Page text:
"Under the Constitution as it is, not as it was, and by force of the fourteenth amendment, no State hereafter can imitate the bad example of Illinois, to which I have referred, nor can any State ever repeat the example of Georgia and send men to the penitentiary, as did that State, for teaching the Indian to read the lessons of the New Testament, to know that new evangel, `The pure in heart shall see God.'
. . . . .
". . . You say it is centralized power to restrain by law unlawful combinations in States against the Constitution and citizens of the United States, to enforce the Constitution and the rights of United States citizen [ sic.] by national law, and to disperse by force, if need be, combinations too powerful to be overcome by judicial process, engaged in trampling underfoot the life and liberty, or destroying the property of the citizen.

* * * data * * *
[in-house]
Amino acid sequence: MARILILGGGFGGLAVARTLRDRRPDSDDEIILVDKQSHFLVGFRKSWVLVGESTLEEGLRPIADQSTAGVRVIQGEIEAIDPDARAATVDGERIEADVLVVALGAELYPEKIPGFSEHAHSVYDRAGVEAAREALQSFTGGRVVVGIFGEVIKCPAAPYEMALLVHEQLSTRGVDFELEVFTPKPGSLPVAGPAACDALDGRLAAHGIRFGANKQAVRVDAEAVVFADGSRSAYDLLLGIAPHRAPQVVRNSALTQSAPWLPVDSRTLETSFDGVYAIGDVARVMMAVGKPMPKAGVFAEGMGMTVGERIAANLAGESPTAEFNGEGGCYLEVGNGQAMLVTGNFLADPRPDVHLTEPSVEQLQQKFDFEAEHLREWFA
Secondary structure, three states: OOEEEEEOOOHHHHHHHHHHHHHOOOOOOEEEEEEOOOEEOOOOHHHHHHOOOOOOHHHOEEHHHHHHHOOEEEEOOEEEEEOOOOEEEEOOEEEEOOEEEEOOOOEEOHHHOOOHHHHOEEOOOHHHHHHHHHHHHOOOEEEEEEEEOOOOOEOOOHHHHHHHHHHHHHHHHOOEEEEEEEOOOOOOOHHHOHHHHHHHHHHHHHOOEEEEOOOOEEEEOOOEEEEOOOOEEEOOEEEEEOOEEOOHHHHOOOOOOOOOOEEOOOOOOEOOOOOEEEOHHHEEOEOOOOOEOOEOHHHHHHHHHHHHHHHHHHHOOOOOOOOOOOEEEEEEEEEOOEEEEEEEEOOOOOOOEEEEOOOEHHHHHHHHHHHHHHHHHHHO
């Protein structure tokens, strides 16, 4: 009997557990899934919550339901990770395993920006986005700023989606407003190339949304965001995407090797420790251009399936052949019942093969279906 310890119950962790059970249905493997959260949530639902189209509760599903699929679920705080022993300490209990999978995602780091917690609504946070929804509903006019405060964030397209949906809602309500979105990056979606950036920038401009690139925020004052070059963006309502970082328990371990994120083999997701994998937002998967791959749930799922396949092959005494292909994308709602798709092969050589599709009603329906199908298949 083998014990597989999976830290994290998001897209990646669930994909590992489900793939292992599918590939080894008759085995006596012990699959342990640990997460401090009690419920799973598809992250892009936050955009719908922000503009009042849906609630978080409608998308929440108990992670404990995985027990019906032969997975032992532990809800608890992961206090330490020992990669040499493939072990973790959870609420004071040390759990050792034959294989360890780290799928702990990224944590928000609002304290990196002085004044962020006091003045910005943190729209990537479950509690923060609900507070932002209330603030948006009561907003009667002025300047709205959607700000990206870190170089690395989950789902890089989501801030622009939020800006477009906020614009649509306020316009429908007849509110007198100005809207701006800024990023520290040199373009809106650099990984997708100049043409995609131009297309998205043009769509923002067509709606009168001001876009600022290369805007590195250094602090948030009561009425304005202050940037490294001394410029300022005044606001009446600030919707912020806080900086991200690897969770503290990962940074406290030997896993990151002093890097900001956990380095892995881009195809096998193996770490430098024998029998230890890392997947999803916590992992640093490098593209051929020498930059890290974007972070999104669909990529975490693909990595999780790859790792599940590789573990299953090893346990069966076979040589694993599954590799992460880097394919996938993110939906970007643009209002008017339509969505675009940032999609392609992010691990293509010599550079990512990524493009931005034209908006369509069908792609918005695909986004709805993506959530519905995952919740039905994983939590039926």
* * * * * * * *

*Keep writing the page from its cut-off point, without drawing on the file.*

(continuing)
. . . . .
"The States never had the right, though they had the power, to inflict wrongs upon free citizens by a denial of the full protection of the laws; because all State officials are by the Constitution required to be bound by oath or affirmation to support the Constitution. As I have already said, the States did deny to citizens the equal protection of the laws, they did deny the rights of citizens under the Constitution, and except to the extent of the express limitations upon the States, as I have shown, the citizen had no remedy. They denied trial by jury, and he had no remedy. They took property without compensation, and he had no remedy. They restricted the freedom of the press, and he had no remedy. They restricted the freedom of speech, and he had no remedy. They restricted the rights of conscience, and he had no remedy. They bought and sold men who had no remedy. Who dare say, now that the Constitution has been amended, that the nation cannot by law provide against all such abuses and denials of right as these in States and by States, or combinations of persons?
. . . . .